Available on Amazon and in most bookstores. Kunati Publishing

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Although I wrote Mothering Mother, in truth, I’m a Daddy’s girl. I have a theory: we unconciously sort people into good-guy/bad-guy categories. Heroes and villians populate our worlds. The problem is most people are neither.

Daddy was my hero. I was adopted when I was four years old and he was fifty-eight. That’s quite an age span, but I didn’t mind. I didn’t know how old Daddy’s were supposed to be. He was the first man  knew that was good and sweet and dependable. Daddy was big–in height, weight, and spirit–and I knew he could protect me. For me and all that had already happened before Iwas adopted, protection was paramount.

Daddy was patient with a rambunctious, smart-alec kid. We had watermelon contests in the summer and he taught me how to fish. I played in his rose garden and ate his homemade pear preserves. He taught me how to play baseball and he never got up from his lawn chair to do it. He read the paper each night, and I stood behind his Lazy Boy chair and pin-curled his silver hair while Walter Cronkite dolled out the nightly news. And he never complained. He loved peanut butter, homemade poundcake and anything ab0ut World War II.

Daddy died fifteen years before Mother and although he’s been gone 25 years. I tell our stories. And I miss him every day. 

In many ways, I cared my mother because I knew wanted and needed me to. In a way, I was caring for him.

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I’ve received lots of call this week urging me to watch the NBC Nightly News special, Trading Places–about caring for our parents. What is so amazing is how much family, friends, and now acquaintances who are familiar with my book, Mothering Mother identify my book with this subject. I feel connected, and I feel that (hopefully) my words are beginning to make a difference.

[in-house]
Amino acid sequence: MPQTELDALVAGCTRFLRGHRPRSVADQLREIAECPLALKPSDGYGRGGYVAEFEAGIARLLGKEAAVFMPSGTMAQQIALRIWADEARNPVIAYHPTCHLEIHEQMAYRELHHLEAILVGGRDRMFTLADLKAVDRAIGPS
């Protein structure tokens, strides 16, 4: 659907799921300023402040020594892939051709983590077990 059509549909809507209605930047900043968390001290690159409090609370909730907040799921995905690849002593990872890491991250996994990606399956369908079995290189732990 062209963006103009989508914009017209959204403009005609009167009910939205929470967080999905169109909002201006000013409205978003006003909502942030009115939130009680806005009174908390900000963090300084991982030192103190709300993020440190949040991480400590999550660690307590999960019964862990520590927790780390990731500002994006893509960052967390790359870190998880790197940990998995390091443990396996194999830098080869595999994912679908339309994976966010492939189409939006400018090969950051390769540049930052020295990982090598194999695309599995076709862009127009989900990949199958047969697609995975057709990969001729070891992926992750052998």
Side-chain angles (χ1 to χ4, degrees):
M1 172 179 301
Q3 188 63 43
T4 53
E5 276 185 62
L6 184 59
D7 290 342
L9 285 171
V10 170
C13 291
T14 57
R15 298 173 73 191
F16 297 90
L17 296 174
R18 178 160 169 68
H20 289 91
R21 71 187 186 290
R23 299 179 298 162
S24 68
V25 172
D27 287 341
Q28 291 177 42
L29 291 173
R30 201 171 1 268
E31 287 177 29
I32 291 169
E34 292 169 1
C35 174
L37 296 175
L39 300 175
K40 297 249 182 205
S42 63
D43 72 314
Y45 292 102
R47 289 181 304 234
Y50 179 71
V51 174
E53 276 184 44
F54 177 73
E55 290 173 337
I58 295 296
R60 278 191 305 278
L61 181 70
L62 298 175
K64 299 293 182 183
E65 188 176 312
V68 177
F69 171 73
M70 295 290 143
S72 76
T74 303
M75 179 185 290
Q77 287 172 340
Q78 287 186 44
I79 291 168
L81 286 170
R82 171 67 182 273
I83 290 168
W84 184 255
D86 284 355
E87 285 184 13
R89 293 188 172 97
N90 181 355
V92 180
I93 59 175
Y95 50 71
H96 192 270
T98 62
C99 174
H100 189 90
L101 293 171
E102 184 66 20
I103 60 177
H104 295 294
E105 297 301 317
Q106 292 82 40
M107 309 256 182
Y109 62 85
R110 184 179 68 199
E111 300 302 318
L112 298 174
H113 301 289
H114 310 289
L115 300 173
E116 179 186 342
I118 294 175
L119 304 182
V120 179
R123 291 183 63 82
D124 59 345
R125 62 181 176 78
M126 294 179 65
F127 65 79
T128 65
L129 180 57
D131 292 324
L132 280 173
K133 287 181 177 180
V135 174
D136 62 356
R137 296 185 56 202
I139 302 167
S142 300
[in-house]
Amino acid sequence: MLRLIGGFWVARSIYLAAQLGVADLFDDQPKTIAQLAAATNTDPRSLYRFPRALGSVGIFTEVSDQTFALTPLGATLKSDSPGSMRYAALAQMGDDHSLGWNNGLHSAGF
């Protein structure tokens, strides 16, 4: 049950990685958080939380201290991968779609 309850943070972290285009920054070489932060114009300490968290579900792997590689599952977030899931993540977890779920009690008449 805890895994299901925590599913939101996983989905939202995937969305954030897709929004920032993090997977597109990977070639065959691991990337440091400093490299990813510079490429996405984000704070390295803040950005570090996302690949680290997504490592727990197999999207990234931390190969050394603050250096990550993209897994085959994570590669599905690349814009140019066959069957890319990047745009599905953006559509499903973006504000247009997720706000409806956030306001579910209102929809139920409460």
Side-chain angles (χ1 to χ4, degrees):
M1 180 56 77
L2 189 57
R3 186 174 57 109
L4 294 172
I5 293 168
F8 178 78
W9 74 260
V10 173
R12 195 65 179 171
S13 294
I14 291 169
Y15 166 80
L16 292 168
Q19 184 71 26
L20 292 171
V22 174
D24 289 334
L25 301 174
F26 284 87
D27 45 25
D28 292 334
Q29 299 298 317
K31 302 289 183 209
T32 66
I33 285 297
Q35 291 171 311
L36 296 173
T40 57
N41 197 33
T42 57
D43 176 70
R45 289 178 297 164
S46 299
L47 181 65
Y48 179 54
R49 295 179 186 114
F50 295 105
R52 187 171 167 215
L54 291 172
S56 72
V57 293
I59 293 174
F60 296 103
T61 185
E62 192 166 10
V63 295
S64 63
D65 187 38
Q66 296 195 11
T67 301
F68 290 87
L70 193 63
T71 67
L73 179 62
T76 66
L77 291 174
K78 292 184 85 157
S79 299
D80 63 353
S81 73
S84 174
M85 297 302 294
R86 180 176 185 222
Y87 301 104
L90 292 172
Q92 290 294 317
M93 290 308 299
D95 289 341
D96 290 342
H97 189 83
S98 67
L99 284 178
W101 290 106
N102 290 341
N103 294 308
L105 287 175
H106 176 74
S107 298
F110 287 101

My heart goes out to the thousands and thousands of families who do not have the means to place their loved ones in assisted care. They have to carry the emotional, physical and financial responsibilities–and with little governmental or community supplement. They limp by, exhausted and worried about what will come next, but they do it. They can’t turn their backs on their moms/dads/children/siblings who are aging, disabled or ill. And what’s worse, they dare not speak their deepest fears, much less their ugly truths. After all, they have to keep it all together–for everybody.

I’m grateful that NBC has addressed the issue of caring for our parents. The overwhelming response that they’ve received has certainly proven how timely and relevant this subject really is.  Mothering Mother will play a role in the American landscape. It will have impact. Why? Because people need it. I know because I needed it.

Here’s what I posted on Brian Williams blog regarding the series, Trading Spaces.

Thank you, Brian, and the NBC staff who decided to do this series,

Caring for our parents is a privilege. I’m not saying it’s not challenging. I know it is, but I also know that the passing on of our elders stories and wisdom is something of great value.

Whether you have the ability to care for your parents in your home, or with assistance in their home, or a care facility is an individual decision based on your own personal circumstances of what is best for everyone involved. But the fact that our parents are living longer and that we, their children and/or other loved ones must “step up” and participate in their care has now reached epidemic proportions. Our parents need us, and we need them.

My mother lived with my husband and I and our three teenage daughters for the last almost three years of her life. It wasn’t easy physically or financially. My mother thought she had saved enough money, and that she had enough insurance when in reality it wasn’t nearly enough for the staggering costs of elder-care.

At times, I felt that I couldn’t give anyone enough–not my husband, not my children or my mother, and there certainly wasn’t any time left for me. I journaled every day. I wrote about how scared I was, how frustrating it was to watch my mother’s health slowly decline, and how I wondered if I could physically stand up to the task.

I wrote about what it’s like to mother my mother, what it did to my soul, how I perceived myself, what I had learned about my mother and me and how very fragile and resilient faith really is. It’s become a book, Mothering Mother, April 1 release by Kunati Books. And what I desire more than anything is that by revealing my fears, my inadequacies, my frustrations–and also what I learned about hope and life–and that it will inspire others.
We stuck together…because that’s what families do.